It’s Oziana time! Let’s delve into the 1981 issue, which has a drawing of Glinda by Denise Brunkus on the cover. Maybe this is just me, but it seems like her dress is made to look lumpy, and it puts me in mind of muffins. The introduction advises writers of Oz stories to have an interesting plot and not use too much dialogue. Our first story is:
“Adventure on Monday Mountain,” by Ernest Johnson – This is basically a morality tale, of the sort that’s common in children’s fiction, but doesn’t show up that much in Oz. Ozma transports a really messy boy to Monday Mountain, where he learns to clean up his act. I do appreciate when a story reuses a place that’s only briefly visited in the original books, in this case the laundry-obsessed society from Grampa in Oz. William Marston is taken under the wing of Amy Ammonia, who isn’t quite as strict and disagreeable as the other washerwomen. Then a crossword puzzle by Dan Cox is accompanied by a picture of Trot being saved by a mermaid during Scarecrow, drawn by Paula Cooper.
“The Eldritch Horror of Oz,” by Phyllis Ann Karr – This story is a crossover between Oz and H.P. Lovecraft, or a parody if you prefer, as it refers to two of the Old Ones as Cthjello and Yug-Succotash. (I wonder if Nevercouldnever ever ran into them.)
I’ve tried to read Lovecraft before, and I find the style difficult to get into, and that’s even putting the racism aside. But I do like what I know of his monstrous creations. This was later published in a horror anthology under the pseudonym L. Frank Craftlove. It’s narrated by a young man named Harkam, a student and then assistant professor at the Wogglebug‘s college. He has dreams of the typical Lovecraftian stuff, monsters and non-Euclidian geometry, and eventually reads in the Macronomicon (which is the same as Glinda’s Great Book of Records) that Ozian immortality might well be part of a scheme by ancient hexapods to obtain new bodies.
He also comes to suspect that the Wogglebug, whose actions in this story are pretty suspicious, might be an advance scout for these creatures. He takes issue with the magnification story, and thinks he saw evidence of a severed limb under the insect’s clothing. That does kind of fit with how the bug is generally described as having only four limbs, but his having six is part of the plot of The Woggle-Bug Book. There are some interesting details about Oz, many of them probably to make the crossover work, but most of them seem plausible enough. The college not only focuses on athletics but allows students to specialize in particular sports, and Harkam plans a sabbatical to climb Mount Munch. He also walks into the Great Sandy Waste to find some strange ruins, and claims that the desert’s deadliness doesn’t take effect until you get farther out, seemingly contradicting other descriptions. On the other hand, Harkam’s description of his past fits in pretty well with the implication in Magical Mimics that Lurline’s enchantment occurred about 200 years before the events of that book. It also gives a clever description of how a native Ozite might view the concept of death. Sunshine D. Nelson provided the illustrations for this.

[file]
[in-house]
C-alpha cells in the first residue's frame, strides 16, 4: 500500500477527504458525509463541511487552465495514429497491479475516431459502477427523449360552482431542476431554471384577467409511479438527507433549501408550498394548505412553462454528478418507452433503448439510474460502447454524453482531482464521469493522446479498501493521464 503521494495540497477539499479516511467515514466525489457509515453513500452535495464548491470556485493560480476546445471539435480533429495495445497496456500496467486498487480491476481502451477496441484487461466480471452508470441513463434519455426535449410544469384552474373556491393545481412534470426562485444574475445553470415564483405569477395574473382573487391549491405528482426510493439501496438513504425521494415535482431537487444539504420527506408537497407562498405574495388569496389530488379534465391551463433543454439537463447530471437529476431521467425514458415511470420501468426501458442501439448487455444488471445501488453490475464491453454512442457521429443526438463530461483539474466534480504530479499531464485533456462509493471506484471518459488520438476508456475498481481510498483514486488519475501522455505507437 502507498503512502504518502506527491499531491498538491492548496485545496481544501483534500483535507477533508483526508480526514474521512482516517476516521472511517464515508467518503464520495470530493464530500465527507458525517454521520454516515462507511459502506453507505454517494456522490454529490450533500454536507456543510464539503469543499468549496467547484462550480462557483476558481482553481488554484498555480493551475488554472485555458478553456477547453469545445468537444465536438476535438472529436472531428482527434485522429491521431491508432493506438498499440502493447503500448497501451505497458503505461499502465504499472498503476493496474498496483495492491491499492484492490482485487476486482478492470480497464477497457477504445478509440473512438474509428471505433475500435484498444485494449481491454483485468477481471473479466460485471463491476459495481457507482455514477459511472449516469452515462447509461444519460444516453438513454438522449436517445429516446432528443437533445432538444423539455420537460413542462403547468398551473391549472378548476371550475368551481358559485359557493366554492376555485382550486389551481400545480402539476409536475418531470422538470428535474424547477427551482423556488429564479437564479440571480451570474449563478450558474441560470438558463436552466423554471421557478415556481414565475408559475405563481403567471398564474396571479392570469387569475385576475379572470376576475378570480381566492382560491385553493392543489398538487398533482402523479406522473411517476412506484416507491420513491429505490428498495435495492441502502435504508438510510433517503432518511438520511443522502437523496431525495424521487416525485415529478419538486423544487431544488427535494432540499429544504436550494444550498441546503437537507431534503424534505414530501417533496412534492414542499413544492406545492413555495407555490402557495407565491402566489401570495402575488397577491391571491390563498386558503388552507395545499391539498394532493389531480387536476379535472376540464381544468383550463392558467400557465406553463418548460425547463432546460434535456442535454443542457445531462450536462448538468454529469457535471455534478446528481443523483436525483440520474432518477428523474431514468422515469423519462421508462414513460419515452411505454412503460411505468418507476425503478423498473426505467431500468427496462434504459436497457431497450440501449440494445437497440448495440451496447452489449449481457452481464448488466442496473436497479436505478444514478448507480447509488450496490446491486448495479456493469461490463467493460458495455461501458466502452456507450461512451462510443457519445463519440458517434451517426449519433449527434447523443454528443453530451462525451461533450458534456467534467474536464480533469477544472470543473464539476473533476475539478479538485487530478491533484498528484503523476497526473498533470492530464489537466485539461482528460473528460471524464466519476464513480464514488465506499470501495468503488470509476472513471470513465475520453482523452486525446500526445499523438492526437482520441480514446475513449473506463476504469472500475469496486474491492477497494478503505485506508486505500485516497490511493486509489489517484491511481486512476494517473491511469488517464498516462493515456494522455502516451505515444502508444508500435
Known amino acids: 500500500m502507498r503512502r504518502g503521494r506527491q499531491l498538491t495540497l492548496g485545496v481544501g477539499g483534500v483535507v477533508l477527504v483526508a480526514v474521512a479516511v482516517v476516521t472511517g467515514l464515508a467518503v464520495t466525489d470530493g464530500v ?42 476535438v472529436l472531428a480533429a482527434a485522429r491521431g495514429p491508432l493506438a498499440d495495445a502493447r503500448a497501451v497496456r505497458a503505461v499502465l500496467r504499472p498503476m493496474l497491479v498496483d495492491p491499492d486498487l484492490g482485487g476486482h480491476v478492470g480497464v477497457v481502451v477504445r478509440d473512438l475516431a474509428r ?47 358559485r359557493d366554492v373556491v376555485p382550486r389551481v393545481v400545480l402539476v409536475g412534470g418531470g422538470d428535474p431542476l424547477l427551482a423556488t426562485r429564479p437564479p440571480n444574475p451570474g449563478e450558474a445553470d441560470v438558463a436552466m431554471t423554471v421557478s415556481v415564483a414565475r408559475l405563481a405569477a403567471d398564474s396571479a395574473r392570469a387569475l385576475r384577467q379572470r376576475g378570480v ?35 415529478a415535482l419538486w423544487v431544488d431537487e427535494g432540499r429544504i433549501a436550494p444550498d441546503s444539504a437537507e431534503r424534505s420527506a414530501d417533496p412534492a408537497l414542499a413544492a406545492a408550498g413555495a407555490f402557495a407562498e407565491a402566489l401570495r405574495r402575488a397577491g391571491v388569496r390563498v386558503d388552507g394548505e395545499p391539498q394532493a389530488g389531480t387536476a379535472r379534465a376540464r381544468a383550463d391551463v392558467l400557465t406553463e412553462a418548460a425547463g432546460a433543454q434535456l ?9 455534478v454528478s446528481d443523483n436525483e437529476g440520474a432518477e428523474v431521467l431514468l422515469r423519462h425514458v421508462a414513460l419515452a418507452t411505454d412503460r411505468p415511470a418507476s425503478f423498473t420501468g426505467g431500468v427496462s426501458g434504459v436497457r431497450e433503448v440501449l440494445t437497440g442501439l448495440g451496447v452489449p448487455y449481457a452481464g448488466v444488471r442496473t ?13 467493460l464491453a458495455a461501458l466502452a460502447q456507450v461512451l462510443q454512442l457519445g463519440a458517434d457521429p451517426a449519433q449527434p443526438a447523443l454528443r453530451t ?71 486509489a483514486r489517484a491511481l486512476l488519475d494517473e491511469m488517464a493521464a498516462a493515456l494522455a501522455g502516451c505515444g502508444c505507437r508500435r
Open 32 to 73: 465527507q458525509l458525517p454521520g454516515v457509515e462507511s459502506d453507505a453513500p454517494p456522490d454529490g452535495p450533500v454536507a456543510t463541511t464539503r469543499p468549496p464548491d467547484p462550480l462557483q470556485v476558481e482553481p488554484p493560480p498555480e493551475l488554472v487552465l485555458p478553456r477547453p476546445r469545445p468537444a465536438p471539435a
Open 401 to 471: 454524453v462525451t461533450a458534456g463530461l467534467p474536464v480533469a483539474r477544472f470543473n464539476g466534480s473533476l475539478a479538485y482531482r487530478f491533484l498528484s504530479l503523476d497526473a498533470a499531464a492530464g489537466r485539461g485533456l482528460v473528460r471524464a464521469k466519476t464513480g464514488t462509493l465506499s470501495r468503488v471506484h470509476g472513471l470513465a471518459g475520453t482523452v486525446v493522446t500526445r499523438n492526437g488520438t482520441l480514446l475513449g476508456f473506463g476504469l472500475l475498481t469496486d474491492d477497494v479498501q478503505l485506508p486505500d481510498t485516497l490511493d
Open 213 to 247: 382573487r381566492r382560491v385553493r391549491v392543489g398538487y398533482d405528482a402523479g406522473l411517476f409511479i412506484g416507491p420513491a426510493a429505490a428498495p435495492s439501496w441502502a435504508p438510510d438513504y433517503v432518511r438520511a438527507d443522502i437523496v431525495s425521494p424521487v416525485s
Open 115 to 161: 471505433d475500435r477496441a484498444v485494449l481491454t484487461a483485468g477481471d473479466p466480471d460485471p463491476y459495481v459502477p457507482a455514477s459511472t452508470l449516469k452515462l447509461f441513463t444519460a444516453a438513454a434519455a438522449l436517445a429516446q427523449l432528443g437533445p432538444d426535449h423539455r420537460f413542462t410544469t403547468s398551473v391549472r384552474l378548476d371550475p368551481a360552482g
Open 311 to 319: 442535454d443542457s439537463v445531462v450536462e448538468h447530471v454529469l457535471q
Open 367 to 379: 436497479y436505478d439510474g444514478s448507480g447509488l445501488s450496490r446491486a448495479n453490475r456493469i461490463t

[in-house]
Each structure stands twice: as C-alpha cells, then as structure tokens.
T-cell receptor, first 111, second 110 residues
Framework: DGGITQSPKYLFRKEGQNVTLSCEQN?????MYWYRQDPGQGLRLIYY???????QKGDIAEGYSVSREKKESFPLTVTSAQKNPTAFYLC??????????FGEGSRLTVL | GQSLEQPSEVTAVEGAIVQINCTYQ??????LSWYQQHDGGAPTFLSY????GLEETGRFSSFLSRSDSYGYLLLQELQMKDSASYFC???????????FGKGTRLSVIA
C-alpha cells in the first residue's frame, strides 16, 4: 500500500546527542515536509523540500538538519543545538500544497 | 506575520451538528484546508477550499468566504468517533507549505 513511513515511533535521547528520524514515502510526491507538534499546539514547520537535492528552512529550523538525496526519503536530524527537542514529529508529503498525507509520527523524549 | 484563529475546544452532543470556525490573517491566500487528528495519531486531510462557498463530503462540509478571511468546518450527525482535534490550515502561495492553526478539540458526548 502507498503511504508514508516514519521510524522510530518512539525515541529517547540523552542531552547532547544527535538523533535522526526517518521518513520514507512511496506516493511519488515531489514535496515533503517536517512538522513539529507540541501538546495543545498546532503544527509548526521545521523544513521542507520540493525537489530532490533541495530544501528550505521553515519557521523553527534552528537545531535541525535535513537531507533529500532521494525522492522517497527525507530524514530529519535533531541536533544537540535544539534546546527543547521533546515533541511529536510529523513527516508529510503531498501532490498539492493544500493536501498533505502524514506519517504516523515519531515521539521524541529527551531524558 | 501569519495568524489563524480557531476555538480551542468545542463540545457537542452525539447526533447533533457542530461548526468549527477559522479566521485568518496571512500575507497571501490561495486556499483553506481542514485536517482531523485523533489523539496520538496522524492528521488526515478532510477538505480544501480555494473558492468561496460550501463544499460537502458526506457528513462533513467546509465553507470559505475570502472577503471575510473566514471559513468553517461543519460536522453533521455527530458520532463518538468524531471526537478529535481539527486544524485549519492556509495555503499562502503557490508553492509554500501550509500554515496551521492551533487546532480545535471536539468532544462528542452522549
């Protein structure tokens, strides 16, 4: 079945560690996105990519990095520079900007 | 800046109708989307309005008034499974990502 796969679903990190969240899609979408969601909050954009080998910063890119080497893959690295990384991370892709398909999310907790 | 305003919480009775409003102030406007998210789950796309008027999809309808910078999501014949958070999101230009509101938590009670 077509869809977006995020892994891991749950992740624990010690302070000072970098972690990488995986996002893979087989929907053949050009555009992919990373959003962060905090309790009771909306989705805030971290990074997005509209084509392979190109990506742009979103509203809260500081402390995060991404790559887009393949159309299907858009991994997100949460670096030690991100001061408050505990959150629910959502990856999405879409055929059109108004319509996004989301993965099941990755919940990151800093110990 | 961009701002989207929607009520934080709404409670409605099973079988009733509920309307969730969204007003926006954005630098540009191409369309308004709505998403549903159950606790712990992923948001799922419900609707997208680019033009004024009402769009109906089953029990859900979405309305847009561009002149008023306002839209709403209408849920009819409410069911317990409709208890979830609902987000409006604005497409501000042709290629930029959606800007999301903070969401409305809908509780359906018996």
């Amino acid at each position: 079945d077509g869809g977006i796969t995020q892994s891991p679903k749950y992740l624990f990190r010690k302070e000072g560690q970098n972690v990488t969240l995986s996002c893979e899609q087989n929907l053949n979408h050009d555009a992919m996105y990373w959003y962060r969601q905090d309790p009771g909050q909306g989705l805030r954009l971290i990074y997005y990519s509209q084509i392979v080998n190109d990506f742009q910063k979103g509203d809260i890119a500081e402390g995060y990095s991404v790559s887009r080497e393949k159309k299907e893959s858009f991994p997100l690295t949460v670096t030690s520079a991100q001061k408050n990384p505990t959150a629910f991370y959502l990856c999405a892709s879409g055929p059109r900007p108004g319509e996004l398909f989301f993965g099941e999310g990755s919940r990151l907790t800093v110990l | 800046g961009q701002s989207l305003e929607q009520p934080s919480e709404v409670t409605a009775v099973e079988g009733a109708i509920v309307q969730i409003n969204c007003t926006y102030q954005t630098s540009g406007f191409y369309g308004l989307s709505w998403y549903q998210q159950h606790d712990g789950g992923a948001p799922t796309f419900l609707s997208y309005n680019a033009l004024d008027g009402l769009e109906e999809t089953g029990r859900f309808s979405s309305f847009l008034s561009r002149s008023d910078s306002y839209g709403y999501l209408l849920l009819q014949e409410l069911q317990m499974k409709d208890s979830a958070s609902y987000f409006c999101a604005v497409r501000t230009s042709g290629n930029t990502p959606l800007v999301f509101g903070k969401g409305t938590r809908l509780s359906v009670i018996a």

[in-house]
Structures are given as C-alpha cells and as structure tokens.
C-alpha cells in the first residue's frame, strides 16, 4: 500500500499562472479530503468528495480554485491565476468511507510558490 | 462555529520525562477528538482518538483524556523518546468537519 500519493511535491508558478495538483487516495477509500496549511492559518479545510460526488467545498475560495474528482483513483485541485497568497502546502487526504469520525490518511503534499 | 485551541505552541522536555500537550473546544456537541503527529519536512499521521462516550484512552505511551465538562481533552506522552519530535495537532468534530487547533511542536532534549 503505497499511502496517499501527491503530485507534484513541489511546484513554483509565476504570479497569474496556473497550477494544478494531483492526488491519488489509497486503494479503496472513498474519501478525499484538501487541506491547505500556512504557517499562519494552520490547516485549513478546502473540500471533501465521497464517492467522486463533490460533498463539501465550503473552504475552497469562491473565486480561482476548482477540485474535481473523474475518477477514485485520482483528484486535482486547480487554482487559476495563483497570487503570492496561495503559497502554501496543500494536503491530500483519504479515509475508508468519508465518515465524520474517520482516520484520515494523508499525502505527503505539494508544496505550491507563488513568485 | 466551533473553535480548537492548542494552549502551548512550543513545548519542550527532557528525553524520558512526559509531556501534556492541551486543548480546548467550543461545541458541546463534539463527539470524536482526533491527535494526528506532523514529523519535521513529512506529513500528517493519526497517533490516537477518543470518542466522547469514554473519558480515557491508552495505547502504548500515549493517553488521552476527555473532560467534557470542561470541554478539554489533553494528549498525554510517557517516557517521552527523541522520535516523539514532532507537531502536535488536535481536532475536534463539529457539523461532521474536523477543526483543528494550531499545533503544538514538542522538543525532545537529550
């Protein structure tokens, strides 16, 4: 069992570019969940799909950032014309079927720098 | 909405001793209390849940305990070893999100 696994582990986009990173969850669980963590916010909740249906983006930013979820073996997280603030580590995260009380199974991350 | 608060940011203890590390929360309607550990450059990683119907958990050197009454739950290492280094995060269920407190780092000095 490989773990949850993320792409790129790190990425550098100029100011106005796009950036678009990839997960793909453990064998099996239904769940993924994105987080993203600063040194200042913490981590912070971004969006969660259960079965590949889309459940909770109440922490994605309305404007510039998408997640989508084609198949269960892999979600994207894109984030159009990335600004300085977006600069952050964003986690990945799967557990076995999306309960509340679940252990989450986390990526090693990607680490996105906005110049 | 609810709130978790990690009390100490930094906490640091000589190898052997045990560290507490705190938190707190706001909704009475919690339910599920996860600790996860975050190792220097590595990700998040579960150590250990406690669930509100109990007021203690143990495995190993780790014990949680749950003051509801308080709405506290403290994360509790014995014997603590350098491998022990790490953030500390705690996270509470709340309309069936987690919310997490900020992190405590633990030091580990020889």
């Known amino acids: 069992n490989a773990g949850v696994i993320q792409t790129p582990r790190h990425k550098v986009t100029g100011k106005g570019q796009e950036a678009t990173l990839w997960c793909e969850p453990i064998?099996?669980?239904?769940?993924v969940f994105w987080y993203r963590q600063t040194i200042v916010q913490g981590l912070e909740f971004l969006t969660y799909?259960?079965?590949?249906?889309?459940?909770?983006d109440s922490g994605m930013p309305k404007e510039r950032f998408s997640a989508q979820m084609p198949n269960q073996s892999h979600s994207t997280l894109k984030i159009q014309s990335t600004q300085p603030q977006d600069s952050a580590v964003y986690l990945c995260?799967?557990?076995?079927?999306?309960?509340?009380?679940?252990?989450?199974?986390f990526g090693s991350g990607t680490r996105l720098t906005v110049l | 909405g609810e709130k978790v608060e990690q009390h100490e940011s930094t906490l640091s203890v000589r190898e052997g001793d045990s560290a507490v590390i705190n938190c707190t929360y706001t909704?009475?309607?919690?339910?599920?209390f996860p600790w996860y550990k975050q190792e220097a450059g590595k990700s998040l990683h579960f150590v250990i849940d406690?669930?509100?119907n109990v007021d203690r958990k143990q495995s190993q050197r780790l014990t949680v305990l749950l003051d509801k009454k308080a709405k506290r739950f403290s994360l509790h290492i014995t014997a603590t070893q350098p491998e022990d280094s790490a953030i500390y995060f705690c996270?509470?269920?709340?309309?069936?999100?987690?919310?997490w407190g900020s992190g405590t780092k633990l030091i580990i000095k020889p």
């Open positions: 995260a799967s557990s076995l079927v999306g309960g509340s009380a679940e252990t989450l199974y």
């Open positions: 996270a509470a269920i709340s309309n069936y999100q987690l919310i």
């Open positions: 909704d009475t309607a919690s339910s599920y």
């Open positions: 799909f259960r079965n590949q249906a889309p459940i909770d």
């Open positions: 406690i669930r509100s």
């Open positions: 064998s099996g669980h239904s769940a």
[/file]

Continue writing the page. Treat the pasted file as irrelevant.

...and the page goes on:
The Rainbow’s Daughter of Oz,” by Sean Duffley – While visiting Glinda in the Quadling Country, Dorothy runs into Polychrome, who’s searching for her lost brother Schuyler. That’s a pretty appropriate name, both because of the connection to the sky and because L. Frank Baum used Schuyler Staunton as a pseudonym. A much later story, Jeff Rester’s “As the Rainbow Follows the Rain,” also gives Polychrome many sisters but only one brother, although there his name is Polyphemus, even though he’s not a cyclops. Dorothy and Billina learn that Schuyler is being kept prisoner by Kaliko in the Nome Kingdom, which seems a bit out of character for him, although I guess it fits with Rinkitink. The thing about that, however, is that it’s likely Baum originally intended the Nome King in that story to be Ruggedo (or Roquat). There’s an inside joke in that Glinda has fly paper made by a sorceress named Thompson who specialized in magic to cross the Deadly Desert, referring to how easily characters seem to cross the desert in Ruth Plumly Thompson’s books. The illustrations by Dana Linker are at least mostly based on John R. Neill’s pictures, with the one of Polychrome and Schuyler returning to the sky reminiscent of a drawing from Tik-Tok.
This tale isn’t related to Cliff Robertson’s book The Rainbow Daughter in Oz, although of course they both feature Polychrome. The back cover by Paula Cooper shows Emeralda Ozgood from Forbidden Fountain, which must have been new at the time.
Next time, we have a play about the Scarecrow, Jenny Jump’s Turn-Style, and the Cowardly Lion fighting invaders.